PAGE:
Epes Sargent (Hrsg.)


Selections in Poetry for Exercises at School and at Home





Literatur: Anthologie


[III] THE influence of poetry as a beneficent auxiliary in education is hardly yet appreciated; but there is a growing sense of its importance, and to meet the demands of this growth the present collection has been made. It is composed mainly of pieces of approved excellence, and such as are fitted as well by their pure moral tone as by the harmony and beauty of their structure to elevate the standard of taste, and happily impress the memory. Genuine poetry, in its simplest forms, appeals to the sympathies of all, – of the old as well as the young; and although this collection is adapted to the wants of more advanced pupils, it will be found to contain much that will be easily learned and recited by children. The aid of the pencil has been occasionally called in, to impart a graphic interest to pieces, and to indicate the alliance between the sister arts. All the original designs in the volume are by Mr. Hammatt Billings, an artist of singular merit, and of much felicity of execution.

It is remarked by an English compiler, – Dr. Allen, to whose collection of "Select English Poetry" we are [IV] happy to acknowledge our indebtedness, – that "the earliest advantage which is found to arise from the practice of learning and reciting passages of poetry is an improvement of the faculty of memory. Sentiments which, if expressed in prose, would soon be forgotten, frequently, when clothed in verse, produce a permanent impression. The mind may thus be gradually stored with maxims of the purest morality; while the reciting of poetry is, in the language of Lord Clarendon, 'the best and most natural way to introduce an assurance and confidence in speaking with that leisure and tone of pronunciation that is decent and graceful, and in which, so few men are excellent, for want of information and care when they were young.'"

We do not suppose that any vindication of poetry is needed in this country, at this stage of the world's cultivation. The time has gone by for illiberal notions on the subject. Poetry, like religion, rests on the necessity of supplying the inherent cravings of our intellectual and spiritual nature; and a taste for it should be cultivated with the assiduity with which any other faculty, essential to the health of a well-balanced organization, is brought into activity. It is ever the companion of an earnest religious faith. Genuine poetry, even in its most cheerful moods, is always religious; indeed, it is cheerful simply because it is religious. It cannot survive in an atheistical atmosphere. Some few instances may be named in which the poetical faculty has been allied with intellectual [V] unbelief; but the union has never been of long duration. The one flame must absorb the other. If the undevout astronomer be mad, an undevout poet is an anomaly in nature. "Creation has too much of the divinity insinuated into her beauties," says the Rev. Charles Wolfe, "to allow poetry to hesitate in her creed. She demands no proof. She waits for no demonstration. She looks, and she believes. She admires, and she adores."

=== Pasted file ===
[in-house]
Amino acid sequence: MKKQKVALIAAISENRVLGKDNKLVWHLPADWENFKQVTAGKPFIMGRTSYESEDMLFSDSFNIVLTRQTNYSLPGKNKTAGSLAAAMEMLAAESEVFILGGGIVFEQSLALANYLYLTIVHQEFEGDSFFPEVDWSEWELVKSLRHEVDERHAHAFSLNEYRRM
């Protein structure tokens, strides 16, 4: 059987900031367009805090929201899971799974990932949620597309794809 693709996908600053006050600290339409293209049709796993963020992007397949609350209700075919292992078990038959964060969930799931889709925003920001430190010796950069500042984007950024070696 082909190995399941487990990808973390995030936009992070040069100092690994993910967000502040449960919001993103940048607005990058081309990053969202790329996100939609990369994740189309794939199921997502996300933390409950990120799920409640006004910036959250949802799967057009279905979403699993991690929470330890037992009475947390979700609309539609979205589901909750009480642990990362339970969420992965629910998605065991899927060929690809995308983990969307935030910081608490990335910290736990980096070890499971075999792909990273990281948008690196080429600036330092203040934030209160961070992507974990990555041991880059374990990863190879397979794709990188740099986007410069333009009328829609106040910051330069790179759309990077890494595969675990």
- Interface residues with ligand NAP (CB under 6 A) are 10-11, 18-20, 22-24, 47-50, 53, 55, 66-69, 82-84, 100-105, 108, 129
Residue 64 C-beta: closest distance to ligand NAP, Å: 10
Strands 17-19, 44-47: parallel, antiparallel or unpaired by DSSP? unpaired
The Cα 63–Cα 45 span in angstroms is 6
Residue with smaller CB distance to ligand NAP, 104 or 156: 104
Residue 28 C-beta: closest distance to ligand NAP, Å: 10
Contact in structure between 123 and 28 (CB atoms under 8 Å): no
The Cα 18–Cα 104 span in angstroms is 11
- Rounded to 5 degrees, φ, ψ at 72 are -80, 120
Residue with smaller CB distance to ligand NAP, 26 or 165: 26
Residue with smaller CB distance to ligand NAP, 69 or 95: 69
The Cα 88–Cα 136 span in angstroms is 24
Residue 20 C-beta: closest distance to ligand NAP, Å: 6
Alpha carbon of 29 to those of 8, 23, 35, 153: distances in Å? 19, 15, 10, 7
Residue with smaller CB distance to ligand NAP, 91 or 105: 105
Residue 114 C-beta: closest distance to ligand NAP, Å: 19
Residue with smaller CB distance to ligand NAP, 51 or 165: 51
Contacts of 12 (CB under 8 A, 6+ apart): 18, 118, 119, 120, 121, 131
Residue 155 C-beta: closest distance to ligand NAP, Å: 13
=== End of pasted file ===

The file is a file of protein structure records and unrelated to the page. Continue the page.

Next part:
"It seems to us," says Dr. Channing, referring to poetry, "the divinest of all arts; for it is the breathing or expression of that principle or sentiment which is deepest and sublimest in human nature. No doctrine is more common among Christians than that of man's immortality; but it is not so generally understood that the germs or principles of his whole future being are now wrapped up in his soul, as the rudiments of the future plant in the seed. As a necessary result of this constitution, the soul, possessed and moved by these mighty though infant energies, is perpetually stretching beyond what is present and visible, struggling against the bounds of its earthly prison-house, and seeking relief and joy in imaginings of unseen and ideal being. This view of our nature, which has never been fully developed, and which goes further towards explaining the contradictions of human life than all others, carries us to the very foundation and sources of poetry." "It is not true that the poet paints a life which does not exist. He only extracts [VI] and concentrates, as it were, life's ethereal essence, arrests and condenses its volatile fragrance, brings together its scattered beauties, and prolongs its more refined but evanescent joys. And in this he does well; for it is good to feel that life is not wholly usurped by cares for subsistence and physical gratifications, but admits, in measures which may be indefinitely enlarged, sentiments and delights worthy of a higher being. This power of poetry to refine our views of life and happiness is more and more needed as society advances."